(Mental image of Bernard Cornwell’s Sharpe and his riflemen, in the Peninsular War, advancing with fury on the French troops, yelling, “These so-and-so’s want to forcibly replace our measures with their metres and kilograms and such rubbish – give ‘em what they deserve !”)

I’m pretty much like my uncle – borderline-innumerate – but, I feel, calmer about the issues surrounding it. I can sort-of handle metric linear measurements, and weights, about as well (or not) as Imperial equivalents. Litres and stuff, I’m lost. I take the position, “it’s mostly next door to black magic and Harry Potter to me, anyway. I muddle through how I can, asking help from the more-clued-up, when needed.”

#### jedikaiti

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##### Re: Exchanges with People that Make Your Brain Hurt
« Reply #5188 on: October 18, 2012, 01:21:46 PM »
It was rather strange, really.  She didn't strike me as having hearing difficulties, although that could have been the problem.  She didn't speak louder or anything.  And it was that one digit she was really stuck on.  I was unclear if she just wasn't paying attention, if she got a certain thing in her head and was having trouble getting it that she was wrong, or what.  She seemed a bit distracted in that she was digging through her wallet during much of the exchange.  She did seem surprised to see that it was around \$38, though, even after she'd seen it on the screen.  She didn't seem to have mental problems, though.  No idea what it was all about.  I was trying very hard not to get frustrated, but I was just finishing my first shopping trip with my 5-day-old newborn, my stomach muscles were absolutely aching (don't lift anything heavier than the baby, ha, given that my husband was on a business trip and the rest of us need to eat), and I'd really thought this would be a short line.  The smile with the cashier was more of shared understanding than making fun of the woman, just so you know.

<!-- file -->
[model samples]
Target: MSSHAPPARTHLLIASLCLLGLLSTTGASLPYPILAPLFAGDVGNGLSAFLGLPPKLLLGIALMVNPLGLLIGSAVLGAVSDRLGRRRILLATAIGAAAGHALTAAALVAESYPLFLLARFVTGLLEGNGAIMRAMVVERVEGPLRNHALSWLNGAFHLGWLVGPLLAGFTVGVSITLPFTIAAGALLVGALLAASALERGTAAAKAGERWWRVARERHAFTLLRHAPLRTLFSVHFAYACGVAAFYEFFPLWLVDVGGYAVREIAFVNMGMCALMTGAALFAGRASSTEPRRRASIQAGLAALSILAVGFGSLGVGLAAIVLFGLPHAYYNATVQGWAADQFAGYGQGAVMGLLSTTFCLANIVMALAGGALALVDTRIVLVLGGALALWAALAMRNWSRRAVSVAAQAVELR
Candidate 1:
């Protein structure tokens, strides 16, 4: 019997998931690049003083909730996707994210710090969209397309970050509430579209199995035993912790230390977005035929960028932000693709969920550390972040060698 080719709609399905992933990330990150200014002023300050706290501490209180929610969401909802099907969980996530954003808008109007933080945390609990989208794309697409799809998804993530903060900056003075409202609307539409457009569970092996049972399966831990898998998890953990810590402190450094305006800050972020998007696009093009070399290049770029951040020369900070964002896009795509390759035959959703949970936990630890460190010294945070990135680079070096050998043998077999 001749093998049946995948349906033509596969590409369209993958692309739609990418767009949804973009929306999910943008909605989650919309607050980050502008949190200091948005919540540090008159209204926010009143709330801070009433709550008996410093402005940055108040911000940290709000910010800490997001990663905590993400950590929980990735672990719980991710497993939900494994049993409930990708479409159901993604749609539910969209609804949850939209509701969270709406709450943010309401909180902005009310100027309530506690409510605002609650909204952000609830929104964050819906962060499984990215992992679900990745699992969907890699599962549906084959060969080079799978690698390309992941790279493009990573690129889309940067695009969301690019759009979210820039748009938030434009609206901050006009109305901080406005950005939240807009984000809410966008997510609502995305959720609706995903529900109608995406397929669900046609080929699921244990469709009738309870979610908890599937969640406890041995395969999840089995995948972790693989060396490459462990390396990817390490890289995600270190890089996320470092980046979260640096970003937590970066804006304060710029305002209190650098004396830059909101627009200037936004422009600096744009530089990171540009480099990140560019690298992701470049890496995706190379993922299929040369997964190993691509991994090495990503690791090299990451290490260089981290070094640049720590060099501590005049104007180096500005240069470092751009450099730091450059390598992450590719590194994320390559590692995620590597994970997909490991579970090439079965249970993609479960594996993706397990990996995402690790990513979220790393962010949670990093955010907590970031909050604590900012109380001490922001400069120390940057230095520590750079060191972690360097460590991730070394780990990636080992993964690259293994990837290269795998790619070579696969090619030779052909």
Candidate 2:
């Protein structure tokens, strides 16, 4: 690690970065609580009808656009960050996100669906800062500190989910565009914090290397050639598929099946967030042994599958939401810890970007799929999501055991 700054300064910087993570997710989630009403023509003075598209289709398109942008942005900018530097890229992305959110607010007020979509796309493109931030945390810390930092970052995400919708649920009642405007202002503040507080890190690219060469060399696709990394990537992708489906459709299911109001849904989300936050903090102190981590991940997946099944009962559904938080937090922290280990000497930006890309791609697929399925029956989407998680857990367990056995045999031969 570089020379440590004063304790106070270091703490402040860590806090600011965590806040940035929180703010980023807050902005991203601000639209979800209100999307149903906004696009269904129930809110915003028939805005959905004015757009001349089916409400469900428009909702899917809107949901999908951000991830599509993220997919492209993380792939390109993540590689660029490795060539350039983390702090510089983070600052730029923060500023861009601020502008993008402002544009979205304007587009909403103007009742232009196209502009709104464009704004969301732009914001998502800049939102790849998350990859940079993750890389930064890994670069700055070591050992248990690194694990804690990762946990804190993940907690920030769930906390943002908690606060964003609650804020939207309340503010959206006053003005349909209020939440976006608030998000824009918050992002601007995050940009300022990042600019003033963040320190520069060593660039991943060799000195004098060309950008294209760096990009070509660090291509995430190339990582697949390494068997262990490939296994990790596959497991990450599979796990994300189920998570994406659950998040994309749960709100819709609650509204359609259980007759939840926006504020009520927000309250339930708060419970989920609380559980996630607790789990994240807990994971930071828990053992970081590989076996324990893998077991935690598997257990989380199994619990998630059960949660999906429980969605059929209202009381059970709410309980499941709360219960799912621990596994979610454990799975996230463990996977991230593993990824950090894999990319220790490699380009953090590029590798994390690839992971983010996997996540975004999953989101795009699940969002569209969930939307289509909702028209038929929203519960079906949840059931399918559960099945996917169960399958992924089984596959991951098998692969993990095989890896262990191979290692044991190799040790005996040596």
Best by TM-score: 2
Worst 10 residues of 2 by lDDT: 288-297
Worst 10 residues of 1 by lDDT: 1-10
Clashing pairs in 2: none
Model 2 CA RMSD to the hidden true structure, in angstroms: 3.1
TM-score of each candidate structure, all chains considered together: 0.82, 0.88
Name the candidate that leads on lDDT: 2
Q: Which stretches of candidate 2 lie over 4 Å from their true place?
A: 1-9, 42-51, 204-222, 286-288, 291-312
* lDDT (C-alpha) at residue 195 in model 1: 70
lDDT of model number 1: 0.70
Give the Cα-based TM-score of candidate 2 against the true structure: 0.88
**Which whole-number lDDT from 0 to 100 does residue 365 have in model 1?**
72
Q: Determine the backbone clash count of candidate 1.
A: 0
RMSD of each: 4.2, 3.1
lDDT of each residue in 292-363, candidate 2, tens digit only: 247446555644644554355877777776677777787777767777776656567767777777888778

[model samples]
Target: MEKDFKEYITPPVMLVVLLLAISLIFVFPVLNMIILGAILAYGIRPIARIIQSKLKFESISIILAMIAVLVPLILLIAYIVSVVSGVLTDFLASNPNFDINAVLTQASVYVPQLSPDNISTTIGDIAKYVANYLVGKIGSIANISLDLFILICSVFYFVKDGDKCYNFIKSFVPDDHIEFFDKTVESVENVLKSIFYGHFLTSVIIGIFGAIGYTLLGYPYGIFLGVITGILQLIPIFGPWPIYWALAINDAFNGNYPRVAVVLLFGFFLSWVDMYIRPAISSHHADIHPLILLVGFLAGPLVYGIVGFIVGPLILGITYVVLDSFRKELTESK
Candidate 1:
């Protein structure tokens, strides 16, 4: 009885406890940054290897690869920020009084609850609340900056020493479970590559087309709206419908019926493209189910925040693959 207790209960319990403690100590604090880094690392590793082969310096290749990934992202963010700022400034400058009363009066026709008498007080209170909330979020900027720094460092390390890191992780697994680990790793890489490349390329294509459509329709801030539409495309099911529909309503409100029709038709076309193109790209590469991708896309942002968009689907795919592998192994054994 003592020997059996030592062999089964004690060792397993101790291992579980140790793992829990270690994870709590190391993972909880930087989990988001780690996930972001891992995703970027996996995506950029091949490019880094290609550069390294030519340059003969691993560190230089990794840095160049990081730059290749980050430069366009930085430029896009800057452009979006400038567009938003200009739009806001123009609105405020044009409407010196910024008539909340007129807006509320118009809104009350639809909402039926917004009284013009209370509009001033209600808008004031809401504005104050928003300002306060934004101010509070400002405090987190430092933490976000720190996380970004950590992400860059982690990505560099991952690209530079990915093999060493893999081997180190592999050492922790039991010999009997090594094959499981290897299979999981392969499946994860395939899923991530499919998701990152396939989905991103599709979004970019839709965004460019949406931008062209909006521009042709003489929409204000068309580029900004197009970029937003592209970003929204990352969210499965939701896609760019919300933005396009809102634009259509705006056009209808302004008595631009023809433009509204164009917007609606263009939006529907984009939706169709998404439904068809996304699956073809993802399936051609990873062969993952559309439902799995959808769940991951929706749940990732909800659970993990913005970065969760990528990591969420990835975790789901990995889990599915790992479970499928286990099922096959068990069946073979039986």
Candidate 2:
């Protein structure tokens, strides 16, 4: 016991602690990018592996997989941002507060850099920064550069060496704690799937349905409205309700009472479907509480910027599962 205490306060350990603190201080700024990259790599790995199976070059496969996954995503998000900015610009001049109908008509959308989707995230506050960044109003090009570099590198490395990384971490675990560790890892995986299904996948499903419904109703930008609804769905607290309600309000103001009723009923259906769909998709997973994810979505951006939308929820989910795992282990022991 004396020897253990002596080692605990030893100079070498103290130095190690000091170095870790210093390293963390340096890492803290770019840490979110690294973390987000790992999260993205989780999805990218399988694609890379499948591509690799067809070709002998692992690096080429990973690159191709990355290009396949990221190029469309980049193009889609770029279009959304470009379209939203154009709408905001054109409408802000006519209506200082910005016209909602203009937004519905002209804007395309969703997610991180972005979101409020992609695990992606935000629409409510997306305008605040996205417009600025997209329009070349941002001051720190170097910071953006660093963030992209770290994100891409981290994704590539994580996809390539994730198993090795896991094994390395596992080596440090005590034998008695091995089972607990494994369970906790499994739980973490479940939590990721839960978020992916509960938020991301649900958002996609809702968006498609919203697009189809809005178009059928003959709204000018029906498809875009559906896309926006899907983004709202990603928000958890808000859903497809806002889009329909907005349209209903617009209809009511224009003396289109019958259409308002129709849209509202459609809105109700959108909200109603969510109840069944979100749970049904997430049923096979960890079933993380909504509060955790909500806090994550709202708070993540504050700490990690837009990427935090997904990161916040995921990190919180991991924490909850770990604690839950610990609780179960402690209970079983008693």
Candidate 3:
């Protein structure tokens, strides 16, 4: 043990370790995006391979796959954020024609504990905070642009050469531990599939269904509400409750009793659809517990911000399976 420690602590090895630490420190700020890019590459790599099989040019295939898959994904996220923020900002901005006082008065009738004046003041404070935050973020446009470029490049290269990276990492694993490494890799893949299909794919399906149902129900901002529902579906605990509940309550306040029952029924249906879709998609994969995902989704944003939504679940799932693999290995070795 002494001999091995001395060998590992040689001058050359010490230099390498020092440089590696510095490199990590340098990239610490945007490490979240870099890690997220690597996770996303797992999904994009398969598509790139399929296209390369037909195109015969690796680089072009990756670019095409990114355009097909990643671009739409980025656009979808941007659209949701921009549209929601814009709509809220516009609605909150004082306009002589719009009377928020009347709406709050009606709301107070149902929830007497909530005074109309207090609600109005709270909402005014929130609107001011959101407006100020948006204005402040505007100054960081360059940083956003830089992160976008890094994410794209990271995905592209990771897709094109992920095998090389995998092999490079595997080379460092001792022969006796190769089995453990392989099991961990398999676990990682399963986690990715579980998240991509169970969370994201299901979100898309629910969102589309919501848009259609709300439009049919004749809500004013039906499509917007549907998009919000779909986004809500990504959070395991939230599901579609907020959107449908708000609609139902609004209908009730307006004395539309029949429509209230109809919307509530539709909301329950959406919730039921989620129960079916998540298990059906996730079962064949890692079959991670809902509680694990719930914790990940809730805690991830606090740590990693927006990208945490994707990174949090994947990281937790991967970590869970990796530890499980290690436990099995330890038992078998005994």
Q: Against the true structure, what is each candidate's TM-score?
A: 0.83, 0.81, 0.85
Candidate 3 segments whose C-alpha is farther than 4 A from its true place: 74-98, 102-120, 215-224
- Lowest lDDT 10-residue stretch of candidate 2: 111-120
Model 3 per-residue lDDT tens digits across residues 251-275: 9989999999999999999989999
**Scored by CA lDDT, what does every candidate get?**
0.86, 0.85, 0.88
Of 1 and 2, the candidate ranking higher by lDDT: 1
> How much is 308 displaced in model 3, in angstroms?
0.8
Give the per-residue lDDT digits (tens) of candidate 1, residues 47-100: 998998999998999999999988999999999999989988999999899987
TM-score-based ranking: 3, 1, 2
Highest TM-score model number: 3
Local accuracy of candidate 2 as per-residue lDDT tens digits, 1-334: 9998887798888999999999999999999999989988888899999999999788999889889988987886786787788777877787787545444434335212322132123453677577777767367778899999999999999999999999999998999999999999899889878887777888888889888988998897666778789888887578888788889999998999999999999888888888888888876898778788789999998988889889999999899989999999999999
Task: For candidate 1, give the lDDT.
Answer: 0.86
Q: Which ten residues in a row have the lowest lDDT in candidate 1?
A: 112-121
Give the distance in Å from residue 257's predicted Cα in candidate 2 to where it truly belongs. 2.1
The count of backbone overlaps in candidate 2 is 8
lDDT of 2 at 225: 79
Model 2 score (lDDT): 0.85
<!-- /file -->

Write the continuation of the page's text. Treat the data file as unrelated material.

When you wrote that I immediately thought of my grandmother-my grandfather is the stereotypical loud elderly person who will go "WHAT? WHAT DID YOU SAY? WHAAAT?" if he can't hear you so it's pretty obvious that he needs a hearing aid. (He has one but won't wear it.) My grandmother won't get one period, but she doesn't raise her voice. She thinks she can get by on reading lips or going off of the "script" that's the typical exchange during business transactions. At times when people like waiters or cashiers deviate from the script or have to tell her something really specific, it may seem as though she has slight mental problems or something else is going on besides hearing impairment.

My Dad used to amuse people and make brains hurt before he FINALLY got hearing aids.

A classic example, after he'd bought me new tires on my car - Mom & I are in front, Dad is in the back seat."

Me: It's awfully nice of you to buy me new tires, Dad.
Mom: Well he wants you to be safe.
Dad: I want to walk in space?
What part of v_e = \sqrt{\frac{2GM}{r}} don't you understand? It's only rocket science!

"The problem with re-examining your brilliant ideas is that more often than not, you discover they are the intellectual equivalent of saying, 'Hold my beer and watch this!'" - Cindy Couture

#### Sirius

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##### Re: Exchanges with People that Make Your Brain Hurt
« Reply #5189 on: October 18, 2012, 01:33:21 PM »

That's lovely -- wonderfully flawed "logic". Feel it perhaps slightly akin to a proposal I recently read about, raised by a government member in one of the states of Australia.  This person suggested that to combat the tobacco menace, the sale of tobacco should be forbidden, for ever after, to anyone born in or after a certain year; but allowed, for anyone born before that date. So basically, if this were implemented: no tobacco sales ever, to anyone who was aged under 12, or 14, or whatever, at the time that the decree became law. The present generation of "addicts" would thus not be made to suffer, via universal "prohibition"; but after they, in the natural course of things, were gone -- no more tobacco problem.  I get a sort of feeling that this "does not work" in practical terms, though can't put my finger on why it wouldn't; that aside, the idea strikes me as fundamentally unfair / creepy -- whatever one's views on smoking.

<snip>

I read this to Mr. Sirius, who pointed out that in the United States it's been shown that prohibition doesn't work.  So maybe that's what you're thinking.